Here’s Why You Need to Inspect Your Unused Assets – and How Drones Can Help

Unused facilities, assets, and equipment can deteriorate rapidly, leaving your company on the hook for major safety or financial concerns down the road.

Recently, a client hired me to use drones to investigate a property they were considering purchasing in California. The land was well off the beaten path, about two hours from civilization in the Mojave Desert.

In addition to the 100-acre parcel, the buyer believed a small abandoned cabin existed on site. 

It was a bit of a trek to arrive at the site, and trail was almost nonexistent in a few areas. Traversing some of the terrain was a challenge, even in a vehicle designed for off-road adventures.  

Two things came to mind when I arrived and saw the cabin.

Initially, I wondered who had built this extremely remote house and what their story was.

Second, I thought of how unused facilities naturally deteriorate, and how drones can help monitor those buildings between use and vacancy periods.

Because although unused homes might not concern your business much, if your company has unused facilities like warehouses, chimney stacks, or other large structures, you might find yourself facing some major financial or safety issues down the road.

Let’s take a look at some of the problems that can occur, and why inspecting unused facilities with drones can keep you from running into further problems later on. 

Why Monitor Unused Facilities?

If you haven’t spent time around abandoned or unused facilities, it may seem like monitoring an unused asset is unnecessary.

Many businesses have buildings, facilities, towers, smoke stacks, or large equipment that which remain on the books but otherwise go unused.

Unfortunately, several things can occur to negatively affect the condition of these sites, even if they are not currently in use. 

Eventually, nature breaks down any man-made structure or piece of equipment, no matter how well constructed. Even seemingly impenetrable structures made of concrete and steel eventually succumb to the relentless abuse of the natural environment.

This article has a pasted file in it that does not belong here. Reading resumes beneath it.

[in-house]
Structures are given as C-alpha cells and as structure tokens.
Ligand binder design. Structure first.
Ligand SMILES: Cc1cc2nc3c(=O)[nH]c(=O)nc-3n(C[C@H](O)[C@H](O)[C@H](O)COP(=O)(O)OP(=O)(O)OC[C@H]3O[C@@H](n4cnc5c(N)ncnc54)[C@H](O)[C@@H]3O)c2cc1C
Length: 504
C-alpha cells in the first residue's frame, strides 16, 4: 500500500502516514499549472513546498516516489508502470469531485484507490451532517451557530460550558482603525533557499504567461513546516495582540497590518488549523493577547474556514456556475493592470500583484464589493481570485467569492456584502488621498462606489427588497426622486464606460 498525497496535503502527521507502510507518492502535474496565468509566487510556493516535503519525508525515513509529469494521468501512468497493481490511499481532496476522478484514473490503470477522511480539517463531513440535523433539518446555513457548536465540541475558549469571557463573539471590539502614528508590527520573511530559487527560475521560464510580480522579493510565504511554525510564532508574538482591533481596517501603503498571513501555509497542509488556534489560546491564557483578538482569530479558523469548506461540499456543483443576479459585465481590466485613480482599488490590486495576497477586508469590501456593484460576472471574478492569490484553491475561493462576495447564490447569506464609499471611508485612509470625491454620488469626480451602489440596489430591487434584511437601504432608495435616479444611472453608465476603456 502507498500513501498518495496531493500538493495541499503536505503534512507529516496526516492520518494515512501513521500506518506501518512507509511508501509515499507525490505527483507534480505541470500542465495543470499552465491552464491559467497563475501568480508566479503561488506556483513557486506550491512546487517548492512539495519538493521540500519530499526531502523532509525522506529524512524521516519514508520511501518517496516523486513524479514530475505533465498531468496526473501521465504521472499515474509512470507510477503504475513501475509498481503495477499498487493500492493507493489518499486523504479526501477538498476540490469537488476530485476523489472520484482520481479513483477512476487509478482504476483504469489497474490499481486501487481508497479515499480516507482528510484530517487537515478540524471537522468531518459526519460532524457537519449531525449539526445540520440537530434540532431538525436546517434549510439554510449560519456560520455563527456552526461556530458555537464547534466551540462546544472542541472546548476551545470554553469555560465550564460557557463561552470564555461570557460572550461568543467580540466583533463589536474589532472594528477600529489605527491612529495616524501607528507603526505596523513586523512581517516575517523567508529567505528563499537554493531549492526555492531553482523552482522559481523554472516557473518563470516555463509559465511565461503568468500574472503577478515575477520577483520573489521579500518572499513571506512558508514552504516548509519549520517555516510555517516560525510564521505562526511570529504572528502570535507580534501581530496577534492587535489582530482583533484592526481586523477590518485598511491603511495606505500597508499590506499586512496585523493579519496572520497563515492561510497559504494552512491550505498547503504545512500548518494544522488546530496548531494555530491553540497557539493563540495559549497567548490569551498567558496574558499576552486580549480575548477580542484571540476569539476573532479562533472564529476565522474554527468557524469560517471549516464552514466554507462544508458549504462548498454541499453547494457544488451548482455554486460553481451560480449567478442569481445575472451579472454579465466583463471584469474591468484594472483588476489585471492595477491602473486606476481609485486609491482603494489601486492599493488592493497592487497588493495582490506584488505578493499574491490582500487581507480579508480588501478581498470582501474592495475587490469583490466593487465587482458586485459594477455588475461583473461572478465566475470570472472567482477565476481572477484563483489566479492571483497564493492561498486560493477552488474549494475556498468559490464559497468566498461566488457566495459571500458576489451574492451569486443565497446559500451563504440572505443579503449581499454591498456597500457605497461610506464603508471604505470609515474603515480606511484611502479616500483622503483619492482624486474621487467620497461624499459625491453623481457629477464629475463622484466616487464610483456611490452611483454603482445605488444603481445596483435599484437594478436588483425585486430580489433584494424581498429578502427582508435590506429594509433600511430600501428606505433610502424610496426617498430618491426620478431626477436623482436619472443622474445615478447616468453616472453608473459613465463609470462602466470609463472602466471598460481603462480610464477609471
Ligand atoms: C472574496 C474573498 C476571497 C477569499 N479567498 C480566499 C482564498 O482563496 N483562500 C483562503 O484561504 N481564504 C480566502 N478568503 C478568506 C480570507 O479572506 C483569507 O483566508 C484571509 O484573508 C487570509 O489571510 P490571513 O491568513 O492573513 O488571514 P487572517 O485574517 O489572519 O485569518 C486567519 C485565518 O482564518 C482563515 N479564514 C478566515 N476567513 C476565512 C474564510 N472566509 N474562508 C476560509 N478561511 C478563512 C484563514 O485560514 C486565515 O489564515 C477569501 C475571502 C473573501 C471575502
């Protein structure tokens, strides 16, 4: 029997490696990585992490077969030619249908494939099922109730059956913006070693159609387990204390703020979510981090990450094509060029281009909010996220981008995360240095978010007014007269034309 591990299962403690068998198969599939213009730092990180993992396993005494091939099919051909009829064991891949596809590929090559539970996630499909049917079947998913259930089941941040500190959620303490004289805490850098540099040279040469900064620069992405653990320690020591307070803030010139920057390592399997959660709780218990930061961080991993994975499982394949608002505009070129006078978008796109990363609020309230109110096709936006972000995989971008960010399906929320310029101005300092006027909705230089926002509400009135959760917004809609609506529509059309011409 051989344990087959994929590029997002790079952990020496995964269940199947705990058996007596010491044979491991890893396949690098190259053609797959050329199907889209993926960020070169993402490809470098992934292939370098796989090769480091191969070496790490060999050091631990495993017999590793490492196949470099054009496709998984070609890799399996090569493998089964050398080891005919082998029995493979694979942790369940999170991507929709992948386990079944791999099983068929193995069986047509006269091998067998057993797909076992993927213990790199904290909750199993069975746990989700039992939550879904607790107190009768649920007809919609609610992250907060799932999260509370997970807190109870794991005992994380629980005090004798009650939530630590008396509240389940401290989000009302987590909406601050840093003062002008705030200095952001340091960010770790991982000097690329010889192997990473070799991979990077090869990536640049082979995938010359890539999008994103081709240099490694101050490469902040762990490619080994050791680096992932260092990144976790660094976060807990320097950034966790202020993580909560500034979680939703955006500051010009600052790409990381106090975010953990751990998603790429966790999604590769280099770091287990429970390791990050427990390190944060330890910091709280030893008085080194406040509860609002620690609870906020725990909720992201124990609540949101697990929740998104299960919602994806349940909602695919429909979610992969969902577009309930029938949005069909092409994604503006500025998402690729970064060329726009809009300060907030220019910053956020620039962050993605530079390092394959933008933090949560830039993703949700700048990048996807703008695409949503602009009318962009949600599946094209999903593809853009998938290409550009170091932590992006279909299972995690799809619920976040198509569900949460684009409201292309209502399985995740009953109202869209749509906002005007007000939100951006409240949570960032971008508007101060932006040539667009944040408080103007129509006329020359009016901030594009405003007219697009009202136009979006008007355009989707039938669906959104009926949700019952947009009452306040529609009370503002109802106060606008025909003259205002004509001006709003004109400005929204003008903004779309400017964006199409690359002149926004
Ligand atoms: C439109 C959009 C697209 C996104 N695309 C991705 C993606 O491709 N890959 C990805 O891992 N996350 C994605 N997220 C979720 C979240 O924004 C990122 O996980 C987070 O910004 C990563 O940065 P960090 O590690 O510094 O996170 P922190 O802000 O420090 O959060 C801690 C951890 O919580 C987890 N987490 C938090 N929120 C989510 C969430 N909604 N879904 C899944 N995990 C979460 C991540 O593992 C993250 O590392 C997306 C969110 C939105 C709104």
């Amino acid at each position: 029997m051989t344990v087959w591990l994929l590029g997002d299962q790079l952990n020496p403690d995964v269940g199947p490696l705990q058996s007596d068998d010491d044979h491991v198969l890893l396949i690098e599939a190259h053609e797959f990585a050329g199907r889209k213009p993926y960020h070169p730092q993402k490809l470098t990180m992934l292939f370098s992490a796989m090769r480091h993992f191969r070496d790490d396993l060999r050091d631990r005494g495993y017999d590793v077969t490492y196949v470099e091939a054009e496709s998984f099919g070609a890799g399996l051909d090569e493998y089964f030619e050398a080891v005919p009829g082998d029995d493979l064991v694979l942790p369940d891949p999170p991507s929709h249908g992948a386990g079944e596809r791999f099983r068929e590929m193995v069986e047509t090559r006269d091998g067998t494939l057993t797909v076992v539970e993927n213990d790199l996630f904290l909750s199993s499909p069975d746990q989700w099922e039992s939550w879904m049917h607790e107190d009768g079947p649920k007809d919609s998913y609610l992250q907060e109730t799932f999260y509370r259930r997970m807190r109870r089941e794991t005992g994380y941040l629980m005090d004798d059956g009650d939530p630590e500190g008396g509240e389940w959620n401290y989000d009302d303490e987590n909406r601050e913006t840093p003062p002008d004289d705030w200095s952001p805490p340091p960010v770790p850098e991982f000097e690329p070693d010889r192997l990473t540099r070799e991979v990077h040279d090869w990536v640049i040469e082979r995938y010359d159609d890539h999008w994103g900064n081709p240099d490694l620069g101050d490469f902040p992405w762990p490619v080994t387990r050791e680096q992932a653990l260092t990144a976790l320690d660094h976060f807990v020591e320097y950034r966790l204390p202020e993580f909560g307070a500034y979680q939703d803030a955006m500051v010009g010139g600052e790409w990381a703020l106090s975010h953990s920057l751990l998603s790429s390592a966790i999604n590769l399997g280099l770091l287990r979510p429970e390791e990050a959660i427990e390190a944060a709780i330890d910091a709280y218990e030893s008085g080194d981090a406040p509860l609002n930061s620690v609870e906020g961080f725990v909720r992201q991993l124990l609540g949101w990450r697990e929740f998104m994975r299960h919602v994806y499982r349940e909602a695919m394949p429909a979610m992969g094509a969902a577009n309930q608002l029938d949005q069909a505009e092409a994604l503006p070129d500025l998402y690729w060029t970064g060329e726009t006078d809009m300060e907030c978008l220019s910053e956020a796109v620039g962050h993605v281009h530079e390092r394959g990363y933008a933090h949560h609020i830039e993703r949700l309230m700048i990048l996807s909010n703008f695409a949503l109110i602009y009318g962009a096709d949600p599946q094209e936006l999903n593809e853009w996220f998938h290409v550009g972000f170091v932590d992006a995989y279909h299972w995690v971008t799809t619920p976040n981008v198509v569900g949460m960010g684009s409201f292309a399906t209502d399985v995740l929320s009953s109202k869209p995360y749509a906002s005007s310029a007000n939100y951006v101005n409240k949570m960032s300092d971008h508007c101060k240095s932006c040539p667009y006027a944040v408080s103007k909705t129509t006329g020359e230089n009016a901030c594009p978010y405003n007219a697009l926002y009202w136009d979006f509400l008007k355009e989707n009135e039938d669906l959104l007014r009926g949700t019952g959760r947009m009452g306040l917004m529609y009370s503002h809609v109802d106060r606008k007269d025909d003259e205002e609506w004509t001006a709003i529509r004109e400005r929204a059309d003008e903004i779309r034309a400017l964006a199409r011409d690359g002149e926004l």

Wind, water, extreme temperatures, and salt are just a few things that can wreak havoc on structures. 

In addition to the natural world, people can also negatively impact the value of your vacant property.

I once conducted a map survey with my drone in an area approximately three hours away from the nearest road, and four hours away from the nearest services. I, along with the owner, was shocked to find a homeless encampment on the property.

People find a way of using what appears to be abandoned. The level of interaction with a site can range from exploration to full occupation.

The bottom line is that unless you monitor your vacant facilities, there is no telling what’s happening to them or who is taking up residency in them.

You can spend lots of money on having teams of people keep your assets safe, or accomplish the same with drones – without spending excess amounts of cash.

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Related: Modern Businesses Are Embracing Drone Technology. Here's Why (click image to learn more)

How Can Drones Help Monitor Unused Facilities?

The traditional method for monitoring unused properties would involve on-site security or having someone inspect the sight periodically. However, both of these methods are expensive, and less efficient than using drones for the same task.

Security personnel are expensive, and individuals sent periodically to check on a sight often only conduct a quick visual inspection.